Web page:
Why is Obama so disinclined to use the power at his disposal? His diffidence about humanitarian emergencies is one of the most mystifying features of his presidency, and one of its salient characteristics. These crises—in Tehran two years ago, in Cairo last month, in Tripoli now—produce in him a lame sort of lawyerliness. He lists the relevant rights and principles and then turns to procedural questions, like those consultations. The official alibi for Obama’s patience with Qaddafi’s atrocity is his concern for the Americans who are still stranded within Qaddafi’s reach; I was amused to learn from a friend that the spin out of the White House includes the suggestion that Obama’s restraint is actually the wisdom of the hostage negotiator. But Obama’s statement about Libya suggests another explanation for his slow pace. This was its climax: “So let me be clear. The change that is taking place across the region is being driven by the people of the region. This change doesn’t represent the work of the United States or any foreign power. It represents the aspirations of people who are seeking a better life.”
They are fighting authoritarianism, but he is fighting imperialism. Who in their right mind believes that this change does represent the work of the United States or any foreign power? To be sure, there are conspiracy theorists in the region who are not in their right mind, and will hold such an anti-American view; but this anti-Americanism is not an empirical matter. They will hate us whatever we do. I do not see a Middle East rising up in anger at the prospect of American intervention. I see an American president with a paralyzing fear that it will. In those Middle Eastern streets and squares that have endured the pangs of democratization, the complaint has been not that the United States has intervened, but that the United States has not intervened. The awful irony is that Obama is more haunted by the history of American foreign policy in the Middle East than are many people in the Middle East, who look to him for support in their genuinely epochal struggle against the social death in which their tyrannies have imprisoned them.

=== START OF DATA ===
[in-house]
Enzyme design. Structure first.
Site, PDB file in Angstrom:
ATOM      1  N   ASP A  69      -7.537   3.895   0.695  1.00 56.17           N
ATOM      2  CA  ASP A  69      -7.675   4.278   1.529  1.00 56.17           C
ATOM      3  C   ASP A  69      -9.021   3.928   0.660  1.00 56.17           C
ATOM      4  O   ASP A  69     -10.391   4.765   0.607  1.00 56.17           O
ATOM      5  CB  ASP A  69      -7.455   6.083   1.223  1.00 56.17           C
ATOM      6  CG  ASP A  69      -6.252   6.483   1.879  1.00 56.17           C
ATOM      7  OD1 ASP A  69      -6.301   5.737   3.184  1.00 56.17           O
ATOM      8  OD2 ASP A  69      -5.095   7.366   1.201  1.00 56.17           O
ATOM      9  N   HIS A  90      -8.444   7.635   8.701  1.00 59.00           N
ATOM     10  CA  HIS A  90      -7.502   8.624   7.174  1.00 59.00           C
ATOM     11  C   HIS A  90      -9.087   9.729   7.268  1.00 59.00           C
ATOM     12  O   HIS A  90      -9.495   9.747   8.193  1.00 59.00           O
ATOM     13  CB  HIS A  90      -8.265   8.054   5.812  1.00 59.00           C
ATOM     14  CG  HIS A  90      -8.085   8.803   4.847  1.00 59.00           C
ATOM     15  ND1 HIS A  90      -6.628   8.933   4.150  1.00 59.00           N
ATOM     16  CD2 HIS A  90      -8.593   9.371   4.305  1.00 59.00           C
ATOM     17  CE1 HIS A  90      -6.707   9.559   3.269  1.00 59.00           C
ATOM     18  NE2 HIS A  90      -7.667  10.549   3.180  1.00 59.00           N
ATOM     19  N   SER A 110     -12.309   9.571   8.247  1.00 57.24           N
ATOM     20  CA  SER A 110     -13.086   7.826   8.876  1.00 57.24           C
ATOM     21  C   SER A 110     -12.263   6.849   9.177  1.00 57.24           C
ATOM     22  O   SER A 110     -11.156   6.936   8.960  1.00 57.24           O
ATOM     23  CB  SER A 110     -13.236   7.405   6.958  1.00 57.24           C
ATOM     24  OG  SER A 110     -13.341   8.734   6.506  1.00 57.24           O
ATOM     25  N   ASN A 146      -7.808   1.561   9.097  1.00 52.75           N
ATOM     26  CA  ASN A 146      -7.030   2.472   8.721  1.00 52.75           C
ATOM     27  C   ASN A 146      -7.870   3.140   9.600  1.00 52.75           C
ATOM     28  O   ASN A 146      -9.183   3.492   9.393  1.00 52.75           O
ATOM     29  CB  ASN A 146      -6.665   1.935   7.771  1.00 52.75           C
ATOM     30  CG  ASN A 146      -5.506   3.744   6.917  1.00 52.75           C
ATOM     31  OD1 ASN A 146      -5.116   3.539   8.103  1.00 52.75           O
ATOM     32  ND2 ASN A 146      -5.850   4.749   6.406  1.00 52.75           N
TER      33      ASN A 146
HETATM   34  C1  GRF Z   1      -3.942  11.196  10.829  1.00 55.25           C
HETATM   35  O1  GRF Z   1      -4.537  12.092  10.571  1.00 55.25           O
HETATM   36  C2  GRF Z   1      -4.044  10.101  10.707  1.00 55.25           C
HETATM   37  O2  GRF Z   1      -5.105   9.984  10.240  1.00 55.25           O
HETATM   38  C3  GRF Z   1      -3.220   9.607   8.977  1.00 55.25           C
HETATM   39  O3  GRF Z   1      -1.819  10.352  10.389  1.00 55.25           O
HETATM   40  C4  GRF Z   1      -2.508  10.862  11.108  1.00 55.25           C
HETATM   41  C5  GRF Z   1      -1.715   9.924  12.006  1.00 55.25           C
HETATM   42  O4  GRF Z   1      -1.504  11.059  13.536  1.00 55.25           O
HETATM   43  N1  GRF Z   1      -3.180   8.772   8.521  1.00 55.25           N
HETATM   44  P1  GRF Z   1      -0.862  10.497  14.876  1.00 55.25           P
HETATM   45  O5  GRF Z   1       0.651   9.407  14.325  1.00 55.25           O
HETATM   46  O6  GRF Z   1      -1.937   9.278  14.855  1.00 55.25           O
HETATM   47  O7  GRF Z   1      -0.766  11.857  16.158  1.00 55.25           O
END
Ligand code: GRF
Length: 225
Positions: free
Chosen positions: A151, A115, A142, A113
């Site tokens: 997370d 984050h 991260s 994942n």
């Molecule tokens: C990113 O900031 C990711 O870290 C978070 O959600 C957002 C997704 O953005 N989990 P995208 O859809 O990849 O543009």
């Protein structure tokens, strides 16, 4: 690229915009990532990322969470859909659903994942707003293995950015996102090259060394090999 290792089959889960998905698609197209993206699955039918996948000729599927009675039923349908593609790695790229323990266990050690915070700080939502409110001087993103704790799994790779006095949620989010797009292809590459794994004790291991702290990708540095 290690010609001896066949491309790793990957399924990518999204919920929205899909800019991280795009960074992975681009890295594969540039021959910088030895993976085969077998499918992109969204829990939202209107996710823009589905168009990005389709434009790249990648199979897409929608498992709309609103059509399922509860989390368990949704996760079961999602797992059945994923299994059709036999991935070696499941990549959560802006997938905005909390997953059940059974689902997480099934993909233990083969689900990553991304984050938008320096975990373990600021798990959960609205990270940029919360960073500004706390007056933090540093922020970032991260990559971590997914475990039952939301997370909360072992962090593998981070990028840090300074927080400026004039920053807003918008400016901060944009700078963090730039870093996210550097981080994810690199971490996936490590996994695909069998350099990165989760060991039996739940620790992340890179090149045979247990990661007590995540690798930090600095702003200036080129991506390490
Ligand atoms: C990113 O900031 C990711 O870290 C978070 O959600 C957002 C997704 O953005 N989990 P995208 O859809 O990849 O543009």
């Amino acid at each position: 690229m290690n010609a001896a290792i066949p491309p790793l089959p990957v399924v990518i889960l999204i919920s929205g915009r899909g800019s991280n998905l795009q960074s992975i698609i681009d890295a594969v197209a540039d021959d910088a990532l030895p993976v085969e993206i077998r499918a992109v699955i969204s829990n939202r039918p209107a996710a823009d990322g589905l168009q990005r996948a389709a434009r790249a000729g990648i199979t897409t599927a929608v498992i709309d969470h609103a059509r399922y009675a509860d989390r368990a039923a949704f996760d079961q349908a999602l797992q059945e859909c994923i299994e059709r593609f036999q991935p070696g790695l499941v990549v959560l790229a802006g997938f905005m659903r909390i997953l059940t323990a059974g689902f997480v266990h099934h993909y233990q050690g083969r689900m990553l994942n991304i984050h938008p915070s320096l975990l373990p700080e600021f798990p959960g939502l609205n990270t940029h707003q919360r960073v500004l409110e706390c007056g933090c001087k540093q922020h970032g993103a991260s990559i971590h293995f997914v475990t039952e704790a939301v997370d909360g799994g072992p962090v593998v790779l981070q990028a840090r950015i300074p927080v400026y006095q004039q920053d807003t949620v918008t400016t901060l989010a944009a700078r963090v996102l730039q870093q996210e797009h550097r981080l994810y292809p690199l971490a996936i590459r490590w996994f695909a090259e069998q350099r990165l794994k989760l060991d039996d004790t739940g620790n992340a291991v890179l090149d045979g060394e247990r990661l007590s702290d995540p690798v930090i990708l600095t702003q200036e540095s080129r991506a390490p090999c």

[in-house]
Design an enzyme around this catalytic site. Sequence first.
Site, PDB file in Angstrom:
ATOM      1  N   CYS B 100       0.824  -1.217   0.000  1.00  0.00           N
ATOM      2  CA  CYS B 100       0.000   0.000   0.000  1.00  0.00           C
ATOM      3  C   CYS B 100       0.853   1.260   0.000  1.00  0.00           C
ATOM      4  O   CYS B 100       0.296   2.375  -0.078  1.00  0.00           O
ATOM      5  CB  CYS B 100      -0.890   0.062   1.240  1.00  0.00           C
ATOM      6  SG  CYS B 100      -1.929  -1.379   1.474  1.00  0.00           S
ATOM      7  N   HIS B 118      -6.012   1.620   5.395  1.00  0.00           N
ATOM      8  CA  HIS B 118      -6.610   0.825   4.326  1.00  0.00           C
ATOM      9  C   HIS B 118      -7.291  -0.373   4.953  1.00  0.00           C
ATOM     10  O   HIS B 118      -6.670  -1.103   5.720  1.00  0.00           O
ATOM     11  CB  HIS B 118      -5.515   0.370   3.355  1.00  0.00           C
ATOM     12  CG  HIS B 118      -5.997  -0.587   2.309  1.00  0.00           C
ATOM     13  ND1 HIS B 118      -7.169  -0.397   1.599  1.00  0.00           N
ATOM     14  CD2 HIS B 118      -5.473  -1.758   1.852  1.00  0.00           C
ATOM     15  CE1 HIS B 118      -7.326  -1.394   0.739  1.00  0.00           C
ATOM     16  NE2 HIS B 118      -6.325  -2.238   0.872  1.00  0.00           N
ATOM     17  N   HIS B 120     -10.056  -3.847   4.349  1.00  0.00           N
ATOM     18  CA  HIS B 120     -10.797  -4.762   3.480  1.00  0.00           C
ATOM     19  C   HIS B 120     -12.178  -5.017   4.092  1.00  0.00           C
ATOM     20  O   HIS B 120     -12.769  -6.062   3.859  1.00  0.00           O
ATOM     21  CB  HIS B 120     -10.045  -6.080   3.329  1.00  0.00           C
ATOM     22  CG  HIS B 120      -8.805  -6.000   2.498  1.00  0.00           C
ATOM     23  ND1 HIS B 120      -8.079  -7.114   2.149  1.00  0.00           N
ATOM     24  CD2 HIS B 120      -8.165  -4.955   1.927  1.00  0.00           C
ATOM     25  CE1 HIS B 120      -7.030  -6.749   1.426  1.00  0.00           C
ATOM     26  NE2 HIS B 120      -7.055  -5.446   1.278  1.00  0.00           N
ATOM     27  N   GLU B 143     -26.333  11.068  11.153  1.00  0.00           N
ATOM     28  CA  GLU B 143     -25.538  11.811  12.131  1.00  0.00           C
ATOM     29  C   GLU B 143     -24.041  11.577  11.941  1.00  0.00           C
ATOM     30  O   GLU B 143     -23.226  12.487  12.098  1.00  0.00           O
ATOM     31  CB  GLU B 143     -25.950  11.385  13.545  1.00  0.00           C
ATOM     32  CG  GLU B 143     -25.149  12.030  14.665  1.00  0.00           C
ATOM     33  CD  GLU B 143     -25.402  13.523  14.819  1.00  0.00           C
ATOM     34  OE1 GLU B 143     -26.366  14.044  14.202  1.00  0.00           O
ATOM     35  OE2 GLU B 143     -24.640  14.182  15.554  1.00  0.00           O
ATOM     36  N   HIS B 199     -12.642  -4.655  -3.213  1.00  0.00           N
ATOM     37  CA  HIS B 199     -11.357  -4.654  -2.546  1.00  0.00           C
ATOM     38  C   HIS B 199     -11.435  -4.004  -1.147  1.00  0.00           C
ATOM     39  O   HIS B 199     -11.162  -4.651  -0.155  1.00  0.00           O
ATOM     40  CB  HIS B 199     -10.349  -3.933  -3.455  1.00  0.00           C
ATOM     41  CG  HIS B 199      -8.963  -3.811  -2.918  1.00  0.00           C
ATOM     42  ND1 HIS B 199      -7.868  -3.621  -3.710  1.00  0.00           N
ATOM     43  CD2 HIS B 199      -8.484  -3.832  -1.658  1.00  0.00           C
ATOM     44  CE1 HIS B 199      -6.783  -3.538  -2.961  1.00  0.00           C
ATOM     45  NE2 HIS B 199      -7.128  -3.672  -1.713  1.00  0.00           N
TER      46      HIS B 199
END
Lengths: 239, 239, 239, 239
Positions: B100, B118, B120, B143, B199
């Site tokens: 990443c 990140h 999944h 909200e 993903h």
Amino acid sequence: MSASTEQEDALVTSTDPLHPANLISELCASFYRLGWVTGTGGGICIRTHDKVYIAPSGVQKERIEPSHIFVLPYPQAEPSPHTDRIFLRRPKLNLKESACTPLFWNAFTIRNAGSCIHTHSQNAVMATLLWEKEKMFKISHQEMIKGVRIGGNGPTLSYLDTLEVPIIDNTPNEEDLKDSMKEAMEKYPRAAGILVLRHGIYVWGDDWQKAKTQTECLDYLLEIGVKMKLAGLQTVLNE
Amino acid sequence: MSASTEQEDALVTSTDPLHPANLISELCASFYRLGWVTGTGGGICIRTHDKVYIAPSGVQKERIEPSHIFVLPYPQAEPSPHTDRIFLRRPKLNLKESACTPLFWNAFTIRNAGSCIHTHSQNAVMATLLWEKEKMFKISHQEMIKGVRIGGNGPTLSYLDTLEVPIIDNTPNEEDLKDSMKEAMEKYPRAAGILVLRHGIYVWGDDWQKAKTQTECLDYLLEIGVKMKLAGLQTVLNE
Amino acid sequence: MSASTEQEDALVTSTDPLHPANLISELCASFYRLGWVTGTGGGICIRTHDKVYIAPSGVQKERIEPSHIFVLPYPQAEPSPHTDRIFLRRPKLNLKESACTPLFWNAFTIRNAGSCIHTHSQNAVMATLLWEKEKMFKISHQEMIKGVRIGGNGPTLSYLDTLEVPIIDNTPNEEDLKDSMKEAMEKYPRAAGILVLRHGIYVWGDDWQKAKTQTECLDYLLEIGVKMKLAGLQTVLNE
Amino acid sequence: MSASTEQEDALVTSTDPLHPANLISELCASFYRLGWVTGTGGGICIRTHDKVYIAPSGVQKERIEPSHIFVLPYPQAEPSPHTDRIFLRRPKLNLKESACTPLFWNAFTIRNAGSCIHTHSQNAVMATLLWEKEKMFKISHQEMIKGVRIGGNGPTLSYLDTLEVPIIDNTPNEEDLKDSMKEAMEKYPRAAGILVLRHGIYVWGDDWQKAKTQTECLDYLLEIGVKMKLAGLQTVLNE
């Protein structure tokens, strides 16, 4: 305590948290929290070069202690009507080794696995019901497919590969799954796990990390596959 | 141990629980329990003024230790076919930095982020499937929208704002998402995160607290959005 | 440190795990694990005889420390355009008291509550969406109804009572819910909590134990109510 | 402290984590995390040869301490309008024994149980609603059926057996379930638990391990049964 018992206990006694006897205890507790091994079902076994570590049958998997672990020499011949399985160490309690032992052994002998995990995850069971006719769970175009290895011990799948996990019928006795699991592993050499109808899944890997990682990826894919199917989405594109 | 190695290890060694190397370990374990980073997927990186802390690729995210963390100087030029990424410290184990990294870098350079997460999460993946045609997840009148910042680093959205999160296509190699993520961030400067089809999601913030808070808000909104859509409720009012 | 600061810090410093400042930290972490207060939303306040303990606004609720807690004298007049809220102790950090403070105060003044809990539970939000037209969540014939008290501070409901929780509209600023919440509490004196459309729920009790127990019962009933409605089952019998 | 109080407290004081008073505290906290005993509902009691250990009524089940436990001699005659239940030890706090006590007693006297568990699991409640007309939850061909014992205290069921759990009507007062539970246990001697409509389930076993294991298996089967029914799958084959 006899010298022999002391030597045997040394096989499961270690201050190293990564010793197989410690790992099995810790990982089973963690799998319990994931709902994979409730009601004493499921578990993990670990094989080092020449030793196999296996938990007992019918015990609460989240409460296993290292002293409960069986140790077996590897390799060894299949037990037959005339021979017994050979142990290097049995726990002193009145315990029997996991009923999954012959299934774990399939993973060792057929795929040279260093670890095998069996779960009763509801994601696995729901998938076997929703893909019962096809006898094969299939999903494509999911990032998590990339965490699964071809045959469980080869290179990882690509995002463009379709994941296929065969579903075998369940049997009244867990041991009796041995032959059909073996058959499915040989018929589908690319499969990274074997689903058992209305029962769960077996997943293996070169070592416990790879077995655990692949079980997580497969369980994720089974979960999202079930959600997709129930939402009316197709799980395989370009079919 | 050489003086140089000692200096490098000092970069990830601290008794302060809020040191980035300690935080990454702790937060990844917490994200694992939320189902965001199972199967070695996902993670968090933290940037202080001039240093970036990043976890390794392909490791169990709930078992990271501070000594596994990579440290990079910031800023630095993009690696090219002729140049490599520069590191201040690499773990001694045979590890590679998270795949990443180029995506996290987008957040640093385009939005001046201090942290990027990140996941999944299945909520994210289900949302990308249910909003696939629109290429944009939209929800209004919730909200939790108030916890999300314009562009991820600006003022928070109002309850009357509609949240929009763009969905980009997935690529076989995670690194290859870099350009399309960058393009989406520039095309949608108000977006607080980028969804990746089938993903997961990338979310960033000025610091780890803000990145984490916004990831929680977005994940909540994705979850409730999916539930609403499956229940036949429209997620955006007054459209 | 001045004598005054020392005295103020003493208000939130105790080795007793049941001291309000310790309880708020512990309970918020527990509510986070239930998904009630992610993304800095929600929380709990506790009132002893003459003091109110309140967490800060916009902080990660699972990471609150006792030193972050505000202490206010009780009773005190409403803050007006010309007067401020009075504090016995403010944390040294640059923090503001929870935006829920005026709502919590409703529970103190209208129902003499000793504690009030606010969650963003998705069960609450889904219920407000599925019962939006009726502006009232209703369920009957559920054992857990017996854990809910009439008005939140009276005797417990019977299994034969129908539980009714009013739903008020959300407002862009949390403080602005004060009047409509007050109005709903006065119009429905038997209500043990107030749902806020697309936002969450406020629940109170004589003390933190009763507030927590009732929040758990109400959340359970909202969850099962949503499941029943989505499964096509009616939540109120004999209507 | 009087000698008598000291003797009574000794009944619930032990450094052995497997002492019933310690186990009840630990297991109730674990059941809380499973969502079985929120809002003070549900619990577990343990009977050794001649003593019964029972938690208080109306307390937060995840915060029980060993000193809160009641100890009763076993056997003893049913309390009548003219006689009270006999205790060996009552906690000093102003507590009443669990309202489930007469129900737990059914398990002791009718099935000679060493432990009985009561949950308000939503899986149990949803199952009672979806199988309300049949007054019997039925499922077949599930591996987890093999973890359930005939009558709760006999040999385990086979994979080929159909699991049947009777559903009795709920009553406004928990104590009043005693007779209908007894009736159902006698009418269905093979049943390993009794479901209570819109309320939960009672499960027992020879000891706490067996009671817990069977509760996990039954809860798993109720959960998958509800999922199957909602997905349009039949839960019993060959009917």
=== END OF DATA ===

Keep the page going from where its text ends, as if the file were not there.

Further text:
When both the President of France and the UN commissioner on Human Rights have more aggressive postures on establishing a no-fly zone than the Obama Administration, we have a problem. Who knew that “smart diplomacy” would be a code-word for “We’re never actually going to us force ever again, even when our allies want us to”?
Obama could have gotten the credit from providing the final shove that knocked Gadhafi into the dustbin of history; instead, Obama’s dithering may ensure the continuance of Gadhafi’s repulsive reign, snatching defeat from the jaws of victory.
(PS: I found this image of Obama as Hamlet out on the Internet, but since it was on a lefty blog, I thought it unfair to embed it…)